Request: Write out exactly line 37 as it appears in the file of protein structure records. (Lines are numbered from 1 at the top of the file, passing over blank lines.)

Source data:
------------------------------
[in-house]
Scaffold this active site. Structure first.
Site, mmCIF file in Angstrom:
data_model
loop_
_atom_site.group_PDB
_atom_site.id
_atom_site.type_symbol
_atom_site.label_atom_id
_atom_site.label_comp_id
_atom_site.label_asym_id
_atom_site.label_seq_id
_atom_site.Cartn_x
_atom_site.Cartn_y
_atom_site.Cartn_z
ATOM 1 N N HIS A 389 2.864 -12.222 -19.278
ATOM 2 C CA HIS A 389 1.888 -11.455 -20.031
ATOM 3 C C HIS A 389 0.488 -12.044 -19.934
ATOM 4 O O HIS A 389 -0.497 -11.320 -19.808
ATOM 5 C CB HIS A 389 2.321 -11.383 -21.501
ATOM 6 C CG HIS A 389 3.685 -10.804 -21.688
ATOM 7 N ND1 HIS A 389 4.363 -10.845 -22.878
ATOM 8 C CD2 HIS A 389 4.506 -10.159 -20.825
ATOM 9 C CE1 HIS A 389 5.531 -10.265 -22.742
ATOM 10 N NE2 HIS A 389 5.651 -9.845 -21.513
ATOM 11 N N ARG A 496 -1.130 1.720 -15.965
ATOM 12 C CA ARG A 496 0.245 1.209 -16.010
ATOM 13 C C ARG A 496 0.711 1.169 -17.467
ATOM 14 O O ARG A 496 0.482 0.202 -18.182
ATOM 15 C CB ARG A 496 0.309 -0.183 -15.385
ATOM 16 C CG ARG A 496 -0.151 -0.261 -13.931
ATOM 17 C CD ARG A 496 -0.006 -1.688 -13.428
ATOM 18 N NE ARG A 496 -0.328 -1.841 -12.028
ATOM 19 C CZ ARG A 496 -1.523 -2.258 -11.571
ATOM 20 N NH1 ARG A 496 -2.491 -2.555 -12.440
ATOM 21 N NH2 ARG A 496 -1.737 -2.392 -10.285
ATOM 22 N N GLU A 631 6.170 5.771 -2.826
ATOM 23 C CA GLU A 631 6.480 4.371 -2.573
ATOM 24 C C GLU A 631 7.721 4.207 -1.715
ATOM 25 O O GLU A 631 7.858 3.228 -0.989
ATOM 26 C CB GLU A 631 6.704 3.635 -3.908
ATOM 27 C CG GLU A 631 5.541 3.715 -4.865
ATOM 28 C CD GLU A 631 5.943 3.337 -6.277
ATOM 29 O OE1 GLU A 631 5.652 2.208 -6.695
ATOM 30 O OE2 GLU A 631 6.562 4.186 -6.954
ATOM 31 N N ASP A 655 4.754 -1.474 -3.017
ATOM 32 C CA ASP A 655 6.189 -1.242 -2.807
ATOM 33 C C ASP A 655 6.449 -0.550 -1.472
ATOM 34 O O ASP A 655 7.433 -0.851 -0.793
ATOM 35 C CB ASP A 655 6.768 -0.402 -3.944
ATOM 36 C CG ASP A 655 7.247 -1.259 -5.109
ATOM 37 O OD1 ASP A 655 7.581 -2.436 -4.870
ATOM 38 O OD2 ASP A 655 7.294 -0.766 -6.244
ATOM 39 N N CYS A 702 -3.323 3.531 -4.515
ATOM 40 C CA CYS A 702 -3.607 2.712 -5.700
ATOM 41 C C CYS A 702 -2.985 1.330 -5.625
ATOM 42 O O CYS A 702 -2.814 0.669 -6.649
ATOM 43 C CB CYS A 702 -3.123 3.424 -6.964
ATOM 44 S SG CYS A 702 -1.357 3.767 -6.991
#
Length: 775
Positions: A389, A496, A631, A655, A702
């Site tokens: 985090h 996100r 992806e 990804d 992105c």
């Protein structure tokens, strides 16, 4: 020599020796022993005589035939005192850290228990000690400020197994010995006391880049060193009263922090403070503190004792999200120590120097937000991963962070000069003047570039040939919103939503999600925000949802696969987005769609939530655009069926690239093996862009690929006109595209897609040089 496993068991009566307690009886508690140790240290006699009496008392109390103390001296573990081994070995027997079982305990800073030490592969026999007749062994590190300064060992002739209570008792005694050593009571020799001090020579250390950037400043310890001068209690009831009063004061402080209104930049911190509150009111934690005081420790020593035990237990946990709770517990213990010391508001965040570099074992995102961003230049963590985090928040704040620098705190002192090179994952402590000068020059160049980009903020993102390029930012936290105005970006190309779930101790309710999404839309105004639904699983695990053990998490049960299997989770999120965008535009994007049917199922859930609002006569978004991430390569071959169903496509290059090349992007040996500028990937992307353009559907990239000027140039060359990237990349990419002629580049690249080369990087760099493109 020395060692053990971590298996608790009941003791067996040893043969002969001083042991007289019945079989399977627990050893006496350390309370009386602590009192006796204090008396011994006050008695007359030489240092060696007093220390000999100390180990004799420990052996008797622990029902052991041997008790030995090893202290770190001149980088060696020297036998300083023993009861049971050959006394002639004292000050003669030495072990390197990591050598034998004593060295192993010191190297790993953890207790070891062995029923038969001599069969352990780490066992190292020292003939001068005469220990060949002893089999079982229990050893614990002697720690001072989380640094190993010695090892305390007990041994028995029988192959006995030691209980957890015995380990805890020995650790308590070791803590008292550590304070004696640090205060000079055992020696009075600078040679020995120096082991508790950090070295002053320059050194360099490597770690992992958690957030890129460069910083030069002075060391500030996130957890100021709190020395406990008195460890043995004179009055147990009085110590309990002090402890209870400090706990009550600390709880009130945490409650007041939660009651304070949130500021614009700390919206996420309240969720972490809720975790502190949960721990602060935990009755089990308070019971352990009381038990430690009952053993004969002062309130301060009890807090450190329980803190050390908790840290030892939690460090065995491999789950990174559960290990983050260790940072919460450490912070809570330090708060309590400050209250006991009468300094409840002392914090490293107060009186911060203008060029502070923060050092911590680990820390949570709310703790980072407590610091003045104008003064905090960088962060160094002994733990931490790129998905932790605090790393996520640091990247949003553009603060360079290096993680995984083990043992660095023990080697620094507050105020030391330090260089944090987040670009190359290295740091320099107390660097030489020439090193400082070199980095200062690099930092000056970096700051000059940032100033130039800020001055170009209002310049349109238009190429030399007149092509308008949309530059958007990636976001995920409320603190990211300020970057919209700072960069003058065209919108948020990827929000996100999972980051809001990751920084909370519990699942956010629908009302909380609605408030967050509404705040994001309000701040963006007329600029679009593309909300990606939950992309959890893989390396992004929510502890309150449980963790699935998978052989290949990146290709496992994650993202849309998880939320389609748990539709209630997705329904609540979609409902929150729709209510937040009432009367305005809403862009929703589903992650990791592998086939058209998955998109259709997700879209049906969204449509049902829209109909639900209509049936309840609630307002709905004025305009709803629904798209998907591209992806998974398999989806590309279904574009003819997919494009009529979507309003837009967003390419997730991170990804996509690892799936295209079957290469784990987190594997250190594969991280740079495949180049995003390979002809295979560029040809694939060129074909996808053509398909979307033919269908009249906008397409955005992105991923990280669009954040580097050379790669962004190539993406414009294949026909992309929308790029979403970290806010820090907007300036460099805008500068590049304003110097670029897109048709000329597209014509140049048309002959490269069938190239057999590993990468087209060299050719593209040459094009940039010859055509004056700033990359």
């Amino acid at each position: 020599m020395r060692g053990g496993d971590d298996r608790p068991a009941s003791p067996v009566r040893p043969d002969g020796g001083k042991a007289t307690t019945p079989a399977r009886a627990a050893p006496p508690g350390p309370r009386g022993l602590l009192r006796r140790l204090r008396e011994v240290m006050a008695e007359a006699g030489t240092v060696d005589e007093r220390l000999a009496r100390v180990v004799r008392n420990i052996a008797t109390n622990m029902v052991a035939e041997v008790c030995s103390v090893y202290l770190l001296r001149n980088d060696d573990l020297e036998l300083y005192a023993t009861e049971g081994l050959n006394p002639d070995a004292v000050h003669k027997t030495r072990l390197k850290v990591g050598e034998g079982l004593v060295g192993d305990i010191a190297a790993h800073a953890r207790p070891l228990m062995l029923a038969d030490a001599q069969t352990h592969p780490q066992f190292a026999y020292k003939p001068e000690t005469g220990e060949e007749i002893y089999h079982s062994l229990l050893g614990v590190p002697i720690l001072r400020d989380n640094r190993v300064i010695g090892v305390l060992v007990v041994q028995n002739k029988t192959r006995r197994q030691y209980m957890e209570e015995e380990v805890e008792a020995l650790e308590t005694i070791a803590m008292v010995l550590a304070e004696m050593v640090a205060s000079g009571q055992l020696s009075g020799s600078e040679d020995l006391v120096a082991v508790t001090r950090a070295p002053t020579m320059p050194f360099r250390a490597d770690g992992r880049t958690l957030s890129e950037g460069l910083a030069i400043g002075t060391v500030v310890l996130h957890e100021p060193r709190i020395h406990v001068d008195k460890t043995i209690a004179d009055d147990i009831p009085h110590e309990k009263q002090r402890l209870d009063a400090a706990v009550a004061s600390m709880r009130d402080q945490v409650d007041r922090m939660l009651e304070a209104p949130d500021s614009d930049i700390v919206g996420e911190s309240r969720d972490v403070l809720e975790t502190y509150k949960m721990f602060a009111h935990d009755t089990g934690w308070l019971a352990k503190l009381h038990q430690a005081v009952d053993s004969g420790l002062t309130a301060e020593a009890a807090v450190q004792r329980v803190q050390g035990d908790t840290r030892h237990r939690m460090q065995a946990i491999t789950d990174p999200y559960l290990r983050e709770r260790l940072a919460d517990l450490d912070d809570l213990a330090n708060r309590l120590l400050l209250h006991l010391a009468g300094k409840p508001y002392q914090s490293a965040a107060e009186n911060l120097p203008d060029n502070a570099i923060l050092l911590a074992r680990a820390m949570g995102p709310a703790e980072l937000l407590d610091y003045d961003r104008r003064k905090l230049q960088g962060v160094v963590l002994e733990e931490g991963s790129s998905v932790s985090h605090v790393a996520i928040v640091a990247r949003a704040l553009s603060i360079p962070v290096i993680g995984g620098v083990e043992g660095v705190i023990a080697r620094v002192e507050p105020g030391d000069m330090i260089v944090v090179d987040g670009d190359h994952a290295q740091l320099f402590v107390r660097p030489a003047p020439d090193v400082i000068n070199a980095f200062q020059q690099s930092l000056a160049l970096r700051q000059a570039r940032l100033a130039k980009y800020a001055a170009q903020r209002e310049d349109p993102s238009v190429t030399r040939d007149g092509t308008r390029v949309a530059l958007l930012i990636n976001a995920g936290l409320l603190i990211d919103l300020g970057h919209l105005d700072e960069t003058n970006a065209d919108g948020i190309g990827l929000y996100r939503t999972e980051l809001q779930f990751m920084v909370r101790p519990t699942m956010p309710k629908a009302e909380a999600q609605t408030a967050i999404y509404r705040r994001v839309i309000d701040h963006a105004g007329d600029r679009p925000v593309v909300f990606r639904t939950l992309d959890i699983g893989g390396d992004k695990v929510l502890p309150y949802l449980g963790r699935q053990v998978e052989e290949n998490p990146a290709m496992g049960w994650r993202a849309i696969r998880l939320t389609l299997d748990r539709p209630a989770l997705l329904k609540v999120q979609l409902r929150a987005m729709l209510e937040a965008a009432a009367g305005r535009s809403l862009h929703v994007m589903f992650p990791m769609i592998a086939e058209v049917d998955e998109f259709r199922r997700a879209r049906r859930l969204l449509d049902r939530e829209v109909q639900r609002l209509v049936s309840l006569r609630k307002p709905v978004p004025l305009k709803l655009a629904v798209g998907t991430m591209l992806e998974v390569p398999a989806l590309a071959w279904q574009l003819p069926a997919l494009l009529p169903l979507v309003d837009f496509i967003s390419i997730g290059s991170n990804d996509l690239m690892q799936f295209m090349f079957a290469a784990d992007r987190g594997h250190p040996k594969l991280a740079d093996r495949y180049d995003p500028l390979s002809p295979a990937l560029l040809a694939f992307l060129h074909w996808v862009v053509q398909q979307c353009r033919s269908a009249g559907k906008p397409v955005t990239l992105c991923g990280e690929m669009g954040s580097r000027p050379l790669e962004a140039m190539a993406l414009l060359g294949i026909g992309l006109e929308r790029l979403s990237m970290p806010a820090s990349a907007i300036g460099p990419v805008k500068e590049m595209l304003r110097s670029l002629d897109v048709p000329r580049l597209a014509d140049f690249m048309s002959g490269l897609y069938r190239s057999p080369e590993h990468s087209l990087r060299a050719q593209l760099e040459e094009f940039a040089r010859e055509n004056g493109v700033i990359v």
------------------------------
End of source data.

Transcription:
ATOM 22 N N GLU A 631 6.170 5.771 -2.826